5 Essential Tips for a Successful Scholarship Interview
Landing a scholarship interview isn't easy. Now that you've got one, here are some key strategies on how you can improve your chances and ace that scholarship interview!
Updated 29 Jul 2022
Applying for a scholarship is the easy part. The hard part is what comes after — the interview.
If the mere thought of having to prove yourself to a stranger sends you into a cold sweat, don't worry. You are not alone. Many students get anxious when it comes to face-to-face interactions, especially when it's something as important as a scholarship on the line.
Here are 5 strategies that can help improve your chances of a successful scholarship interview.
1) Prepare ahead of time
As Benjamin Franklin once said, "By failing to prepare, you are preparing to fail."
For a start, practise introducing yourself and come out with some key points about yourself. Think about your achievements, passions and any interesting experiences that you've had.
Next, make sure you learn everything you can about the scholarship provider — nature of business, mission and vision, key leaders of the organisation, recent news, etc. Sponsors want to know that you have taken the time and initiative to research about their organisation.
Also, don't forget to practice answering questions that are typically asked at interviews:
- What are your biggest strengths and weaknesses?
- Where do you see yourself in five or ten years?
- Why did you choose this course / degree / university?
- Why do you think you deserve this scholarship?
- How have you been a leader or displayed leadership skills?
For some interviews, you may also be required to discuss a topic that is given to you. It can be hard to predict these, as the topics can range from current affairs to lifestyle choices. Do your best to prepare by reading the news and forming an opinion about various matters.
2) Groom and dress appropriately
Like it or not, first impressions matter so it's important that you dress appropriately. Remember, you're going for an interview, not shopping at the mall. Interviewers want to know that they're speaking to someone who is serious and respects others by being appropriately dressed.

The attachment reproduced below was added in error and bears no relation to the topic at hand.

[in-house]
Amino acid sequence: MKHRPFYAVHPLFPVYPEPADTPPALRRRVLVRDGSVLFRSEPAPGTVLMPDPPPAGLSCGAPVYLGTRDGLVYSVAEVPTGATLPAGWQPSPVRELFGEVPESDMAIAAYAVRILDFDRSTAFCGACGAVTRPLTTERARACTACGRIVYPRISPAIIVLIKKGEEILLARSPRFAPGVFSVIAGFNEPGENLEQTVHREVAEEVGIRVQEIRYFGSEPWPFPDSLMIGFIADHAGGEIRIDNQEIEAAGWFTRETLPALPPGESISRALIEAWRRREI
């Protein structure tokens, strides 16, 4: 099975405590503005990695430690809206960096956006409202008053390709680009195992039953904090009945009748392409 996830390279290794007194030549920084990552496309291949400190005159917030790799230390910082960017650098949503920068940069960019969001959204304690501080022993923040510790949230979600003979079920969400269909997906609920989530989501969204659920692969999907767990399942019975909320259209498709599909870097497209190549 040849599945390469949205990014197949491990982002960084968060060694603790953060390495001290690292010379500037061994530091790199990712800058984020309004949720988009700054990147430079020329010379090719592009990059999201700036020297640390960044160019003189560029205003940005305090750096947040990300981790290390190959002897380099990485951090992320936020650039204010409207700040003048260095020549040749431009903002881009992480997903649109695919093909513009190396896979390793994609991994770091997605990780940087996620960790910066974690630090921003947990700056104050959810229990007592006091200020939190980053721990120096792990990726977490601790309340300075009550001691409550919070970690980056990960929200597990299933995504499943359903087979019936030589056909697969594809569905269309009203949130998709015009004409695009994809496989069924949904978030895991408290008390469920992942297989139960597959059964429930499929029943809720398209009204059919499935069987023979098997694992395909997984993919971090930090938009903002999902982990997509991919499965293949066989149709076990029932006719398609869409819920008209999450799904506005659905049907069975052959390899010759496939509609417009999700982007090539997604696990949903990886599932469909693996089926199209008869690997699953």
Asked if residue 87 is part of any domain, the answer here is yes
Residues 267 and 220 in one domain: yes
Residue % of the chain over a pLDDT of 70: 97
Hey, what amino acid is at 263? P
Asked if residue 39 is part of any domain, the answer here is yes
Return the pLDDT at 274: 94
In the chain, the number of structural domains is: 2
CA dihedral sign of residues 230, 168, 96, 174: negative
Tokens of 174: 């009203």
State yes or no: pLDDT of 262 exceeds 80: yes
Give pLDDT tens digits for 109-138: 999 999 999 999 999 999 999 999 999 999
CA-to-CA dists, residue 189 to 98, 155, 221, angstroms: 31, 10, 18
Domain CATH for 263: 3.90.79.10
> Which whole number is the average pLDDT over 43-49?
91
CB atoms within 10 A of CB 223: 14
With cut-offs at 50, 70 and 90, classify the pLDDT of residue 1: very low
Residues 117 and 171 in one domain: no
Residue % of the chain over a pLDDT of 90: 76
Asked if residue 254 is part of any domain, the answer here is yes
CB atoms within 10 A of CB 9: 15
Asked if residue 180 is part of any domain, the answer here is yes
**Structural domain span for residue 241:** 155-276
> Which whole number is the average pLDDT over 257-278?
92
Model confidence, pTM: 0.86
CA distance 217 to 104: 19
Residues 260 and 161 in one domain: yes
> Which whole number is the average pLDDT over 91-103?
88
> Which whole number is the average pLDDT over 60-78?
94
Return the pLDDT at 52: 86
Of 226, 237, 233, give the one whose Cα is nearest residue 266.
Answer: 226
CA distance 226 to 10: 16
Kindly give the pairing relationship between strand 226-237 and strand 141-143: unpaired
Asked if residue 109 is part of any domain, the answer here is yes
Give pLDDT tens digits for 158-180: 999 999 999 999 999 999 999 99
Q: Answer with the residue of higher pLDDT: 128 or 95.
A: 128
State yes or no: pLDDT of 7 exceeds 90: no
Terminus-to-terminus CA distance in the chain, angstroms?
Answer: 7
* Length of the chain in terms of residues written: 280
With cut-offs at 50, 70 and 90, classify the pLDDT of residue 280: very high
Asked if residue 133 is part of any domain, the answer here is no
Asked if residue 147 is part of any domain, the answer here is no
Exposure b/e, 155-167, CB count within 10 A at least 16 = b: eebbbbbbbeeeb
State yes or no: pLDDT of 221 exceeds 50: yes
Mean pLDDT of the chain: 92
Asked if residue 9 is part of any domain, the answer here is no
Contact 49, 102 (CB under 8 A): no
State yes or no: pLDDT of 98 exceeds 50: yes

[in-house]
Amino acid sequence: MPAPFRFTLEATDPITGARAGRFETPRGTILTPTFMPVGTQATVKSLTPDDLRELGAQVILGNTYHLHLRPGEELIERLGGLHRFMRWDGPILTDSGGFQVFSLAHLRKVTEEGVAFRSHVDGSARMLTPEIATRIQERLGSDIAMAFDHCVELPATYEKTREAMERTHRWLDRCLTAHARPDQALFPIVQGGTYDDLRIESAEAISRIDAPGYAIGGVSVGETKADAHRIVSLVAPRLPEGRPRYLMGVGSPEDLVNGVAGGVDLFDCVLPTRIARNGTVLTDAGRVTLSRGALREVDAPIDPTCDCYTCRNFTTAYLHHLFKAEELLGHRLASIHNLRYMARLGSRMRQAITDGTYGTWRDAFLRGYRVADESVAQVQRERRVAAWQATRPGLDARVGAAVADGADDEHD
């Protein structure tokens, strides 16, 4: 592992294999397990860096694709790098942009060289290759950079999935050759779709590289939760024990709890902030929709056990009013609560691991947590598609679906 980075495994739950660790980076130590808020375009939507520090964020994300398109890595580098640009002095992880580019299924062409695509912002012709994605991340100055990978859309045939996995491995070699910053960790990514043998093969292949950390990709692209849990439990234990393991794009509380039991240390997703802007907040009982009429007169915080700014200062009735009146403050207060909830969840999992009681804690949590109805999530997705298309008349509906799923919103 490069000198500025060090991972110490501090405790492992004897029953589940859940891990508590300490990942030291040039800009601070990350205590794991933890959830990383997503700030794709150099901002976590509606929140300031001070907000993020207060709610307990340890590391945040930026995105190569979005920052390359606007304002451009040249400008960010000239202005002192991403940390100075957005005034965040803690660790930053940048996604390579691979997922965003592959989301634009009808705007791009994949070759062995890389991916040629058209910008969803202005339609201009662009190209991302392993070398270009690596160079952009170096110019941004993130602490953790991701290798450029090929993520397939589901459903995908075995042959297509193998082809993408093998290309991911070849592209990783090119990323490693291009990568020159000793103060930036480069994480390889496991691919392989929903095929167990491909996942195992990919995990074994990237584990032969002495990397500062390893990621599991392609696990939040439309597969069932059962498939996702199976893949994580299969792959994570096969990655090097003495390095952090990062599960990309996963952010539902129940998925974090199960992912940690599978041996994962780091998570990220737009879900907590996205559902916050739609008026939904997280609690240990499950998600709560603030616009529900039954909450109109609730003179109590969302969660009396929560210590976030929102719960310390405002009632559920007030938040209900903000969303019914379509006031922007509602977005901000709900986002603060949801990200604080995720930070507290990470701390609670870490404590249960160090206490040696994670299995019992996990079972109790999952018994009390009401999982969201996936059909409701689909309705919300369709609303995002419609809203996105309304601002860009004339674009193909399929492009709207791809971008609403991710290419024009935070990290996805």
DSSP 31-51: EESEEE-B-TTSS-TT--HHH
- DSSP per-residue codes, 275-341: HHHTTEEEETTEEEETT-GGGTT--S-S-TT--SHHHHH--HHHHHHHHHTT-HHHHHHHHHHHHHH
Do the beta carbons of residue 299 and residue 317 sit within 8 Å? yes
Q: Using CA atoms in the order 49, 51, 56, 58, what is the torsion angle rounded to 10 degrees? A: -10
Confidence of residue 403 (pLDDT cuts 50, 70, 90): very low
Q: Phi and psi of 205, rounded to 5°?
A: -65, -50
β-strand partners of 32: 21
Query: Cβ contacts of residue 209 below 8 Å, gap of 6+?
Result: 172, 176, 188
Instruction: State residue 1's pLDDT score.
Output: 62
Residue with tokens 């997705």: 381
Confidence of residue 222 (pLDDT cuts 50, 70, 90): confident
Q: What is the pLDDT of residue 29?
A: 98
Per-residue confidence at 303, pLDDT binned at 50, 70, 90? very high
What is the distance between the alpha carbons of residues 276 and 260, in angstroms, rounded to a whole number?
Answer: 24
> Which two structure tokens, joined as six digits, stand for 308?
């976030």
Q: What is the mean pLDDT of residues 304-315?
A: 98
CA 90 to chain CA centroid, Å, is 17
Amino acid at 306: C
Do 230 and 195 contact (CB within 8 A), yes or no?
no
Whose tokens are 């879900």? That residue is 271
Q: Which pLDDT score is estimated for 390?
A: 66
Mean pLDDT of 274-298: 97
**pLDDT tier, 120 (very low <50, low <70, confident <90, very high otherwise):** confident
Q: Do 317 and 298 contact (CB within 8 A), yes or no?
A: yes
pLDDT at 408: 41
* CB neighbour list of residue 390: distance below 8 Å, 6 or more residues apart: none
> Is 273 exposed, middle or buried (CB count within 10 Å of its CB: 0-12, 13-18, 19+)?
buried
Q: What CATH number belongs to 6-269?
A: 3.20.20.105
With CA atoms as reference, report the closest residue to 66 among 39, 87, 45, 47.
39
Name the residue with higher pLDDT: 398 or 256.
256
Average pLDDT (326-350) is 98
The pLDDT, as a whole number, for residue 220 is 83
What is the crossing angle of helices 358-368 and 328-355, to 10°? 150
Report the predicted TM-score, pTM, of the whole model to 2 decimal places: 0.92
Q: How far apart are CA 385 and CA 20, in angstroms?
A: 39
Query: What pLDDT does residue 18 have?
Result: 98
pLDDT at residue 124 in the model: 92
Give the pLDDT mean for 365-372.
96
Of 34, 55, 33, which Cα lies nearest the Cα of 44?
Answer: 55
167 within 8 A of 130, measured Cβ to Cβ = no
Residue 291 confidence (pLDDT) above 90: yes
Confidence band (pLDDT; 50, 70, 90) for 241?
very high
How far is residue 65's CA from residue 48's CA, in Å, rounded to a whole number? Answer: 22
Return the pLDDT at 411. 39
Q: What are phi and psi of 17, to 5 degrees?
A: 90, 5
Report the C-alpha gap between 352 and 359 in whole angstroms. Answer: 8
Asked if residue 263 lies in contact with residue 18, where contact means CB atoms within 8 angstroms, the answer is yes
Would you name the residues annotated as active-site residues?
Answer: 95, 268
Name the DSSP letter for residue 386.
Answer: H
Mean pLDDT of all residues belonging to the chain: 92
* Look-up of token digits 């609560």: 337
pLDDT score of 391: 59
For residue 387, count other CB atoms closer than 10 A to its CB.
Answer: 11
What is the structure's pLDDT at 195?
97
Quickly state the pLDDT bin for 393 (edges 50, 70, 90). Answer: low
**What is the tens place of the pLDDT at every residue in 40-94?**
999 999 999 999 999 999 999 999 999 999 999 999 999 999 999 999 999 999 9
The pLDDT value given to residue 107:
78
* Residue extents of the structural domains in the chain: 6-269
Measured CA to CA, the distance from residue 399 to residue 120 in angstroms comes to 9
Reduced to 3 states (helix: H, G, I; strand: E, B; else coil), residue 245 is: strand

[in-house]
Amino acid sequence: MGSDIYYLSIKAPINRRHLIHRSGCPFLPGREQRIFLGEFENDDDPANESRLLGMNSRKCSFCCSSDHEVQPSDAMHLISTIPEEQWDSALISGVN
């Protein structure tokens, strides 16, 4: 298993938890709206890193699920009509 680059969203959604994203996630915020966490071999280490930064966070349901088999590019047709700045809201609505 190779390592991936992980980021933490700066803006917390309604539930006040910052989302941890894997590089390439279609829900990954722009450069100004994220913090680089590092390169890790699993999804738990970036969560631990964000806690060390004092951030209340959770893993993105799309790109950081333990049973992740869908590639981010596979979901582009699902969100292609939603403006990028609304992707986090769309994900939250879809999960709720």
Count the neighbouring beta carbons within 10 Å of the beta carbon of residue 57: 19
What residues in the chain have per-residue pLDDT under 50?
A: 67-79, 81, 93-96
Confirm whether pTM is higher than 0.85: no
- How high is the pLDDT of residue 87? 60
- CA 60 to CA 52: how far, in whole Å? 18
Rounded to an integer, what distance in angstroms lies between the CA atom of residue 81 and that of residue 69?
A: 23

If a dress code is stated, be sure to follow it and don’t go overboard. Formal or business attire means buttoned-down collared shirt (do not roll up the sleeves) and a pair of dark-coloured slacks (absolutely no jeans, skinny or otherwise!) or a knee-length skirt. Don't go wild with flashy neon colours and loud patterns, and make sure your shoes are in good condition.
Don't forget to groom yourself too, ensuring your hair is neat and tidy. Ditch any extra piercings you have, don't go smelling of smoke and bring a pack of breath mints.
3) Make sure you are on time
If there’s anything worse than dressing inappropriately, it’s being late. Not turning up on time gives the impression that you are sloppy, irresponsible and bad at managing your time.
Plan your journey a day in advance, taking note of how long it will take you to get to your venue. Make sure you account for unexpected situations, like traffic jams and parking issues. It's always best to arrive 15 minutes early, as you may need time to look for the exact room the interview is being held.
In the event that you are running late, be sure to give the interviewer a call to let them know so that you don't keep them waiting.
4) Be conscious of your behaviour
During the interview, it is important that you appear calm and composed, even if you're wrecked with nerves. Try not to fidget, bite your nails or bounce your leg up and down.
When speaking with the interviewer, it is crucial that you maintain eye contact. Answer the questions clearly and with confidence, and try not to use too many "uhms" and "ahhs".
If you need time to think before answering a question, try gaining a few precious seconds by saying, "That's a really good question". You can also try clarifying or paraphrasing by saying, "I'm sorry, I'm not quite sure if I understood you correctly. Do you mean...".
Most importantly though, be truthful. Interviewers are looking for authenticity, so don't tell them that you're the scout troop leader when you haven't even been to a camp. Playing up your achievements is one thing, lying about them is another.
5) Finally, just be yourself
Yes, trying to impress a complete stranger can be a real challenge. But ultimately, it's important to remember to just be yourself. Getting called for an interview means you've already impressed them enough, and they'd like to know you a little better.
You’ve worked hard to get the interview, so enjoy the moment and don’t let the pressure get to you. Most of the time, interviewers will keep a straight face and not show too much enthusiasm or acknowledgement, so don't let that affect your responses.
Always think, act and talk as though you are the best candidate who deserves the scholarship!